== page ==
Using magnets is not the only reason for using a three-ply table however. Keeping a table perfectly level at all times is essential to a laser working properly, especially a YAG, with its critical focusing requirements. According to Trotec this approach, along with a three point screw system to raise and lower the table, insures the table will always be perfect for engraving or cutting.
As for size, the engraving area is 17" x 29" x 6.8" deep when using the CO2 and 6.95" deep when using the YAG. The overall size of the cabinet is 44.5" x 36.4" x 23.6". Fortunately, the legs can be removed to allow it to pass through a standard doorway.
In a time when most laser companies are offering “pass through” engraving capability, the Hybrid stresses laser safety and for good reason.
Both YAG and CO2 wavelength can damage the eye. The YAG goes through the cornea to the back of the eye (retina) and can cause permanent damage. The CO2 can scratch the front of the eye (cornea) and this can be repaired by an opthamologist. The YAG is just as safe when used in Class A, Class 1 or Class 2 environments. A different pigmented safety glass must be used with YAGs.
While servicing a CO2 laser or adjusting mirrors (with safety glasses of course), about the worst thing that might happen is a nasty burn and most old-time laser operators have a few scars to show and wild stories to tell about how they got their scars. (I’ll save my story for another time.)
This machine, with its Vanadate light source, is a very different story. These tubes put out invisible light beams that are so dangerous they can blind a passer-by in a split second. Conventional safety glasses won’t help, nor will Plexiglas or glass itself—as in the case of the CO2 laser beam. YAG laser light will pass right through glass and acrylic like sun light through a window. Understand: YAG lasers are extremely dangerous when not used properly!
Special goggles are available to protect one’s eyes but typical users like you and me should not need them because we should never attempt to defeat the safety features of these machines—period! For those who want the added protection of safety glasses, prepare for the sticker shock—they cost about $500 per pair, (but they can be found for as little as $100 in the states) and they aren’t even made by a famous designer. The government however deems this machine perfectly safe and gives it a Class 2 rating—so long as the safety features are fully operational.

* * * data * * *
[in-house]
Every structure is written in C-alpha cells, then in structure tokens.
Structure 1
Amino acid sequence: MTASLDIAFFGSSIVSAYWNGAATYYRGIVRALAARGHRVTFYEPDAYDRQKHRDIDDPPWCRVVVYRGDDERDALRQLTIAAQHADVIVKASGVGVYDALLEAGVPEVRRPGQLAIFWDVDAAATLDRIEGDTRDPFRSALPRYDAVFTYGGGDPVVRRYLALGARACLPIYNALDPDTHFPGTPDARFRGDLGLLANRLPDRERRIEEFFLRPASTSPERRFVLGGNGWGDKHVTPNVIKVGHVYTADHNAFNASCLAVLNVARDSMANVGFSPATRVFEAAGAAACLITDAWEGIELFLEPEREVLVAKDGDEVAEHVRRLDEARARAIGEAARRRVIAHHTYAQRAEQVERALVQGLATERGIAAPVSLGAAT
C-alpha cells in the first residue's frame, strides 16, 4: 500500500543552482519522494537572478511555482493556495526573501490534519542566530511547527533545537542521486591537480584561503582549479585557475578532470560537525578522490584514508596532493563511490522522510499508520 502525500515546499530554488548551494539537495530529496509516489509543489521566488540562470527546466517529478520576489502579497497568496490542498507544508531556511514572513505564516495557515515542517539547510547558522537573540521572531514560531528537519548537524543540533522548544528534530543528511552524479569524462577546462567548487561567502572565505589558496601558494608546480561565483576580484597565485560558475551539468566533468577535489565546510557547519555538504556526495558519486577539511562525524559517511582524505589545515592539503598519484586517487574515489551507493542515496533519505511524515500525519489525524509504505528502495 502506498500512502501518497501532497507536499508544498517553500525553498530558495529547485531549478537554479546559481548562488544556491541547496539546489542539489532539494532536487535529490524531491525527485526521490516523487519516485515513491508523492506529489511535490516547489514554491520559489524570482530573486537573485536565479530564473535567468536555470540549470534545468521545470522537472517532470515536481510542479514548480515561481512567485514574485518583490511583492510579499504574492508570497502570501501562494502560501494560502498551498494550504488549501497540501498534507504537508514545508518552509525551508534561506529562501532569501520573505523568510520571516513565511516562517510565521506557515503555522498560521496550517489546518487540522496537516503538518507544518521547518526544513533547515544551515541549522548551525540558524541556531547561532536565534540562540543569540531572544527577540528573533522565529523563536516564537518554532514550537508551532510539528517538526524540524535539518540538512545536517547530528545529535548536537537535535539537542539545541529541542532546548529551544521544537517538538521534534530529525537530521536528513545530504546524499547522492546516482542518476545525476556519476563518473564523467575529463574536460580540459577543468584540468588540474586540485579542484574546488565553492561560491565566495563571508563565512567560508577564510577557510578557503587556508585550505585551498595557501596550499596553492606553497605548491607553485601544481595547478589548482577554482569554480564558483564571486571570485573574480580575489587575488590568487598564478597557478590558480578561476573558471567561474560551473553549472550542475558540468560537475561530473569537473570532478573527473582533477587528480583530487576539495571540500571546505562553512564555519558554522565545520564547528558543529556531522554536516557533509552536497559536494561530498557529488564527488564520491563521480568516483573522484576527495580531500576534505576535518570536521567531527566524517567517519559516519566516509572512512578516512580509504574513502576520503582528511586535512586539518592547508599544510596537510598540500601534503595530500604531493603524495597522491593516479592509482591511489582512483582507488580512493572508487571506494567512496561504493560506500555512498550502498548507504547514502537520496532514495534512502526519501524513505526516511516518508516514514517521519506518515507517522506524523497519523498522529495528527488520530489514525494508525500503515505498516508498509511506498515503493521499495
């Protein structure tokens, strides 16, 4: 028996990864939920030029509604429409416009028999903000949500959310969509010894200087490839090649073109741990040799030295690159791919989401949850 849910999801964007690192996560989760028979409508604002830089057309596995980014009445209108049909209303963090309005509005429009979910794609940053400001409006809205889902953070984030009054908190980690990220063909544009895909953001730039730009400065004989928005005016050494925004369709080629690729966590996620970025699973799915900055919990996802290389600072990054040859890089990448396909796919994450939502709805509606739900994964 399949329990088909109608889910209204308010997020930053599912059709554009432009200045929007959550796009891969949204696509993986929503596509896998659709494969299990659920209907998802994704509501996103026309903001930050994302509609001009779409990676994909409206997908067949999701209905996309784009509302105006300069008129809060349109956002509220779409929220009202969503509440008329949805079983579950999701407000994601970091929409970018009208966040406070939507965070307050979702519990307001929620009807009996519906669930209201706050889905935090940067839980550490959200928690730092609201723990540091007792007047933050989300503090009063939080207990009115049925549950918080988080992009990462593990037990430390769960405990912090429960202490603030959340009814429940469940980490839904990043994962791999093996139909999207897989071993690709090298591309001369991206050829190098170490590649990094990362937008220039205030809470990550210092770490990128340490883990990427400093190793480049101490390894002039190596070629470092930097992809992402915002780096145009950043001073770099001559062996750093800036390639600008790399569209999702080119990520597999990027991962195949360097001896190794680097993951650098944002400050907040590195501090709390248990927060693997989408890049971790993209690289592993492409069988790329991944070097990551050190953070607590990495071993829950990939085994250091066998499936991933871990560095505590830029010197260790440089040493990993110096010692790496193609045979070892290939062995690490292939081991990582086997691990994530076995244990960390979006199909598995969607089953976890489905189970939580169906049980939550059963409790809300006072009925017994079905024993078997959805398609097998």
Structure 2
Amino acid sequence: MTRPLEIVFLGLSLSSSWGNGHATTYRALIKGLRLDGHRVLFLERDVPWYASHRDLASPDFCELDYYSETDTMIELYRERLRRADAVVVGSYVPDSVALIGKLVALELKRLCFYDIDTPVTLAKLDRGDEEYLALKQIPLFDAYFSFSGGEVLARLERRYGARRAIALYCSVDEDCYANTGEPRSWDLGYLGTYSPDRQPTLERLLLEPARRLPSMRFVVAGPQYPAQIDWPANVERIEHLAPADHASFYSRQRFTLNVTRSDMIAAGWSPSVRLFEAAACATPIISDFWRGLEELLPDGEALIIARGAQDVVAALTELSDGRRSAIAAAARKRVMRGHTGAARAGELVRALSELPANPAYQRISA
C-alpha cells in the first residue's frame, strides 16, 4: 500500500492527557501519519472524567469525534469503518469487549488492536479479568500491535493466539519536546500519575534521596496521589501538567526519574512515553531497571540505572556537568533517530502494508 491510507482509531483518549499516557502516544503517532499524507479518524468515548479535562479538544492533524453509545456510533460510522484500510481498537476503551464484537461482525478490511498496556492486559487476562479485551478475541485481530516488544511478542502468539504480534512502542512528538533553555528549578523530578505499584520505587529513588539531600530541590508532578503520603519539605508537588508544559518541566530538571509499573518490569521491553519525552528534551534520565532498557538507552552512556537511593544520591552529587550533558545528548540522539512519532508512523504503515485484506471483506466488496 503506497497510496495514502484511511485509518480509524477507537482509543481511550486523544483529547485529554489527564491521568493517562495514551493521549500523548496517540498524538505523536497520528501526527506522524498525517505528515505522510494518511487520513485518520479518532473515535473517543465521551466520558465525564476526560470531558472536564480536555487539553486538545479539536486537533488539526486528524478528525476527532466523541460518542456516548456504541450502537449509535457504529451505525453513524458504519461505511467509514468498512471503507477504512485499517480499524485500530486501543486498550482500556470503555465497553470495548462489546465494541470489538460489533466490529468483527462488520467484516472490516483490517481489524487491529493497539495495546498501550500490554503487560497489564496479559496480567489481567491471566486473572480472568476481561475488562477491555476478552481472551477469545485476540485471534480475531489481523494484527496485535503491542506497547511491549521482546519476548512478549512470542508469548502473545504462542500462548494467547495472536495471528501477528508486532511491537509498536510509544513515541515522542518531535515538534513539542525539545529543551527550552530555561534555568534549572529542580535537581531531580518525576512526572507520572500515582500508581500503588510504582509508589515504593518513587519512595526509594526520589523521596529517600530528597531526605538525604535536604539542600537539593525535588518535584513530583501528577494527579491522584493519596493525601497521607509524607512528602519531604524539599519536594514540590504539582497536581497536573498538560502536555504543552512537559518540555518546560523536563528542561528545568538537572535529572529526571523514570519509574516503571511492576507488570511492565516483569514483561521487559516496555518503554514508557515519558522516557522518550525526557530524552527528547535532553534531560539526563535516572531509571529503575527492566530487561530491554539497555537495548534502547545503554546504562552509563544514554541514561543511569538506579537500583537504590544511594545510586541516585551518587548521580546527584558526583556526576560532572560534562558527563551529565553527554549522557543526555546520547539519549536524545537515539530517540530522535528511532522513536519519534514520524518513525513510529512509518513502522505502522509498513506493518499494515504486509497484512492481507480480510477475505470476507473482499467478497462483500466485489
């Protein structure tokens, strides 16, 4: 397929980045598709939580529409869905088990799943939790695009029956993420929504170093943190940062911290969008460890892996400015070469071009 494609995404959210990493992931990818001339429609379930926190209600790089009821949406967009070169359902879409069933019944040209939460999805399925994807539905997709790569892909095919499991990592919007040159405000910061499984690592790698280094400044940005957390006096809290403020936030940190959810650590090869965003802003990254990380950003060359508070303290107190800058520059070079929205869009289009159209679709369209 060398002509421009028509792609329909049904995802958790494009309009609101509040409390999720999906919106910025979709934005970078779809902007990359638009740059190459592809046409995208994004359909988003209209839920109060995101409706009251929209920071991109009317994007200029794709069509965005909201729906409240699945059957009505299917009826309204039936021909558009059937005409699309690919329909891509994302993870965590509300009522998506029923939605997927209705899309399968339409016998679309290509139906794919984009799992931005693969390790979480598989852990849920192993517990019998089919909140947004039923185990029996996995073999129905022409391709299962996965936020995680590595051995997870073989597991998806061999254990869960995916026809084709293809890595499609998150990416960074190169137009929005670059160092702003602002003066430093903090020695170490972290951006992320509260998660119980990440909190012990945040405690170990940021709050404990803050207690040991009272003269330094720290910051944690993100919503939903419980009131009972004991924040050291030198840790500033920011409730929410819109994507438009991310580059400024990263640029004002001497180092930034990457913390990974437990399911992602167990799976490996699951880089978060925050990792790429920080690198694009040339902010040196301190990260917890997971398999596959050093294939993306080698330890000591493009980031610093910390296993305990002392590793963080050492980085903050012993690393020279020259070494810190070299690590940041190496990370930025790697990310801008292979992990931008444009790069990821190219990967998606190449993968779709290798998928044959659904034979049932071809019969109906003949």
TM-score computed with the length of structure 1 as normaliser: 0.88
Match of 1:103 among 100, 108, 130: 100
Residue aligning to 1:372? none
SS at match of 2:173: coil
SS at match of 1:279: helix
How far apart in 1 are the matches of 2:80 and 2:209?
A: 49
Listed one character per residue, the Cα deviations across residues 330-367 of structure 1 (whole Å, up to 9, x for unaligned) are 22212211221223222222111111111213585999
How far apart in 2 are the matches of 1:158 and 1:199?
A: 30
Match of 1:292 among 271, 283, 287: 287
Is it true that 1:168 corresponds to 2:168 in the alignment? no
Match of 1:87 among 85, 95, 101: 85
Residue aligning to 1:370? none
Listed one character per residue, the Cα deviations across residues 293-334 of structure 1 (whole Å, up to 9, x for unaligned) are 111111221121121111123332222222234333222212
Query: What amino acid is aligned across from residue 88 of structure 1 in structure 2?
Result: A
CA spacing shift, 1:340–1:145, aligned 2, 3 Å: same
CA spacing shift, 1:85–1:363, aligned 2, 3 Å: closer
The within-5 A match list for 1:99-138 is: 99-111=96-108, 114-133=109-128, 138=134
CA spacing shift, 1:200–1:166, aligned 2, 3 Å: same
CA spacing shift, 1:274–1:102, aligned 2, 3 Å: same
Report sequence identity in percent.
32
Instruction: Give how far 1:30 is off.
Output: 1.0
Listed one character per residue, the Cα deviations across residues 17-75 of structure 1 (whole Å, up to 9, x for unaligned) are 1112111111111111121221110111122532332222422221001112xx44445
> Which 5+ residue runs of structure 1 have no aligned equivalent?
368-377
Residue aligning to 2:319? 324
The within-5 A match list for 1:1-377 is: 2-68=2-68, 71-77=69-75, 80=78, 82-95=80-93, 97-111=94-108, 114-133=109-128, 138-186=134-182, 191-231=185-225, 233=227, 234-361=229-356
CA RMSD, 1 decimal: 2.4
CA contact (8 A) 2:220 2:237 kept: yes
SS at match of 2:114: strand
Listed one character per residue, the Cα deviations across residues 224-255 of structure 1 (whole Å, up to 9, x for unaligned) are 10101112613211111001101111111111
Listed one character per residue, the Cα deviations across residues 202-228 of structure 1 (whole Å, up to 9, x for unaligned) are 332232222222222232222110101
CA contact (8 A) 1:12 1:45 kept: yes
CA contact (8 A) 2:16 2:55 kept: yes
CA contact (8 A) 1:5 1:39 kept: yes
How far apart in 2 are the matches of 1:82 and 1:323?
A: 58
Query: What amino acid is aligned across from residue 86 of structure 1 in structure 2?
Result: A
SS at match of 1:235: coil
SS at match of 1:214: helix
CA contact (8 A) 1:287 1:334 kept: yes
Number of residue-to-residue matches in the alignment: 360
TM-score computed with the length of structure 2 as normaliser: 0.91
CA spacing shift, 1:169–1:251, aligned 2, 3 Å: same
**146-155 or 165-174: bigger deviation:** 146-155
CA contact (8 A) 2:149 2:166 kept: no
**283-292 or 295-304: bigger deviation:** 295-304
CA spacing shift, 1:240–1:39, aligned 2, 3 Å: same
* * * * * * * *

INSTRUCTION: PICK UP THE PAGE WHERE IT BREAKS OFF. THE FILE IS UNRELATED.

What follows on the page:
As a part of the safety system of the Hybrid and to allow the operator to watch the work as it is being done, a special “window” is mounted in the top of the cabinet. Other than its yellow color, it doesn’t look any different than a traditional CO2 laser, but the orange film is capable of blocking the YAG light beam from leaving the cabinet. Even here, not all the power of the light beam can be absorbed—instead it’s reduced to a level that’s deemed safe by the Federal Government. For the techies, it is reduced by 1mw or 1,000,000 times.
A good exhaust system is imperative for any laser machine! You can use your own external exhaust system or a standalone carbon system made specifically for this machine but obtaining total exhaust of fumes is paramount. No dippy little blower exhausts for this baby. A suitable standalone carbon exhaust starts at $3,900 and uses 33 pounds of activated charcoal. The advantages of a carbon exhaust is that it turns off and on as needed, is controlled completely by the laser’s software and the fact that it helps to control odors generated by the laser in either the YAG or CO2 mode. Anyone who has ever made a rubber stamp can appreciate this feature. However, the carbon filtration system is not required as many users obtain more than acceptable results from one of the more traditional exhaust systems such as those from Penn or W.W. Grainger that have been used for years.
What Does It Do?
Writing this EJ article was my first real hands-on experience with a YAG laser. Like most engravers, I had built up in my mind what a YAG could do that a CO2 couldn’t. My expectations were unrealistic so the first thing I had to do was clear my head and learn what the real capabilities were and, even more important, what was practical in a real world application and what was not. For instance, here’s a short quiz. See how many you get right:
1. A YAG laser will engrave anything a CO2 won’t. True or False?
2. A YAG laser is much faster than a CO2. True or False?
3. A YAG laser is better at engraving glass than a CO2. True or False?
4. A YAG will engrave just about any material a CO2 will. True or False?
5. A YAG laser is best for metal since it will make a black mark without using chemicals. True or False?
6. A YAG laser is best for engraving stone, bricks and other hard materials. True or False?
7. All and all, a YAG laser is more versatile than a CO2. True or False?
8. If they weren’t so expensive, all award shops would have a YAG laser? True or False?
9. Vanadate and YAG lasers are the same thing. True or False?
Well, how do you think you did? Here are the answers:
1. False. Although the light wave frequency allows a YAG to engrave some things a CO2 cannot, there are many products that are more laser friendly to a CO2 than a YAG.
2. False. The laser type isn’t where the speed comes from. The speed comes from the mechanics that surround the laser. Most YAG lasers are extremely fast because they use a galvo mirror system rather than flying optics like those used in most CO2 lasers. Unfortunately, a galvo mirror system greatly restricts the size of the object that can be engraved making it impractical for marking anything much over 4" square.
3. False. A YAG’s light beam easily passes through clear glass leaving no mark at all.
4. False. Actually a YAG does its best work with certain types of plastics and metal. There are other materials it can engrave but ABS plastic, polycarbonate plastics and lots of metals will be the money makers for most engravers.
5. False. YAG lasers will create a black mark on metals that contain a high amount of carbon by forcing carbon molecules trapped in the metal to rise to the surface. Metals without carbon content will still mark, but the mark won’t change color.